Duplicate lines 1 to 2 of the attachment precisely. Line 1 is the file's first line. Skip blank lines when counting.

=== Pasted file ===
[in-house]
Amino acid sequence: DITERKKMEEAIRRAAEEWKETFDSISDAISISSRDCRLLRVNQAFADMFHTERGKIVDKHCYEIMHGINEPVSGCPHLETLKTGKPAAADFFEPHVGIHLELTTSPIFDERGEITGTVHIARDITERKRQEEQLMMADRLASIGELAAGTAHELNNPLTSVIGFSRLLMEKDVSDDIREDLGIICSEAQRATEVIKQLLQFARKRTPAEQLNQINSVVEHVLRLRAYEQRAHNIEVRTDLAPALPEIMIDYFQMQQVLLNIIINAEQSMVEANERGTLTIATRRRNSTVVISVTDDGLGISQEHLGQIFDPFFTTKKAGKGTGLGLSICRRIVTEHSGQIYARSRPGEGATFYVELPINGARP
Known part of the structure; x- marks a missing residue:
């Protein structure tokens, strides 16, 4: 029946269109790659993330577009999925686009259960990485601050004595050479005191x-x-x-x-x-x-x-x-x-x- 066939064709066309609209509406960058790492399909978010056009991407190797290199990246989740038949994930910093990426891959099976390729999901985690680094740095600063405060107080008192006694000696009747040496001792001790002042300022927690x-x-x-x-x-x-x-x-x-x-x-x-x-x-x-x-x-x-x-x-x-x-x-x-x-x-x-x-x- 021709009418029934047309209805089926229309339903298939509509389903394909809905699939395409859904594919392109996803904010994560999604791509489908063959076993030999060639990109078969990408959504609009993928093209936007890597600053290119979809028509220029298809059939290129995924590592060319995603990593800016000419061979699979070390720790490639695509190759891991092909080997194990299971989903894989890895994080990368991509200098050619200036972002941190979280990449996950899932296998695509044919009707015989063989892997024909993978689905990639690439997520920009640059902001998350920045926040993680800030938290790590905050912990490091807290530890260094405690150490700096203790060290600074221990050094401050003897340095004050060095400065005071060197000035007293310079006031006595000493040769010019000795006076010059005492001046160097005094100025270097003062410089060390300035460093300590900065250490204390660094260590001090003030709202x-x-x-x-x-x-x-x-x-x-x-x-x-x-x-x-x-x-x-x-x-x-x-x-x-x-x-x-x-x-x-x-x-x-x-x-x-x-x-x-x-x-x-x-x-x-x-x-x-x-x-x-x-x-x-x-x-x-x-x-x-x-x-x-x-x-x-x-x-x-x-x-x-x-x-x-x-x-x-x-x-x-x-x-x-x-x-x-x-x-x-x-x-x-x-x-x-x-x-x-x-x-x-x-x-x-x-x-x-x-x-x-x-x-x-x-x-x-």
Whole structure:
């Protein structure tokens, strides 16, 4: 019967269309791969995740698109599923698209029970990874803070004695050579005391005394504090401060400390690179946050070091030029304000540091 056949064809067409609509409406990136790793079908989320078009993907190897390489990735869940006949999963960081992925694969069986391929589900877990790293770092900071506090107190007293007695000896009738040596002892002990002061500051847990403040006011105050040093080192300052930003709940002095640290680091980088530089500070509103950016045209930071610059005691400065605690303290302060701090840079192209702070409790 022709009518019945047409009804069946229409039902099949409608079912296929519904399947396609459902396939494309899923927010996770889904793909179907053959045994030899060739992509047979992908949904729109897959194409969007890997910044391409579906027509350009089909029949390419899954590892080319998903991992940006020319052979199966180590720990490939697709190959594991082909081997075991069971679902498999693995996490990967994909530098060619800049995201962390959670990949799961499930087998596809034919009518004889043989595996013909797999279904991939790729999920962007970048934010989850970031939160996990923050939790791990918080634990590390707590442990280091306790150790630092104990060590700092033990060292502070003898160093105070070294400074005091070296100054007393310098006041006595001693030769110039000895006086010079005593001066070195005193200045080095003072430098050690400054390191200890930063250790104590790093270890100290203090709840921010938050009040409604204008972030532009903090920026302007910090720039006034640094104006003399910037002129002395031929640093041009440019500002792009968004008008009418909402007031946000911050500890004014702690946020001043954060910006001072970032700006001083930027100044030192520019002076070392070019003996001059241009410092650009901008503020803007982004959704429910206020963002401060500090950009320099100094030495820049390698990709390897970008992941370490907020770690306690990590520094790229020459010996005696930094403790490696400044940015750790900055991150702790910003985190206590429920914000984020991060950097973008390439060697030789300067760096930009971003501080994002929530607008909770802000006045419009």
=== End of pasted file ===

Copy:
[in-house]
Amino acid sequence: DITERKKMEEAIRRAAEEWKETFDSISDAISISSRDCRLLRVNQAFADMFHTERGKIVDKHCYEIMHGINEPVSGCPHLETLKTGKPAAADFFEPHVGIHLELTTSPIFDERGEITGTVHIARDITERKRQEEQLMMADRLASIGELAAGTAHELNNPLTSVIGFSRLLMEKDVSDDIREDLGIICSEAQRATEVIKQLLQFARKRTPAEQLNQINSVVEHVLRLRAYEQRAHNIEVRTDLAPALPEIMIDYFQMQQVLLNIIINAEQSMVEANERGTLTIATRRRNSTVVISVTDDGLGISQEHLGQIFDPFFTTKKAGKGTGLGLSICRRIVTEHSGQIYARSRPGEGATFYVELPINGARP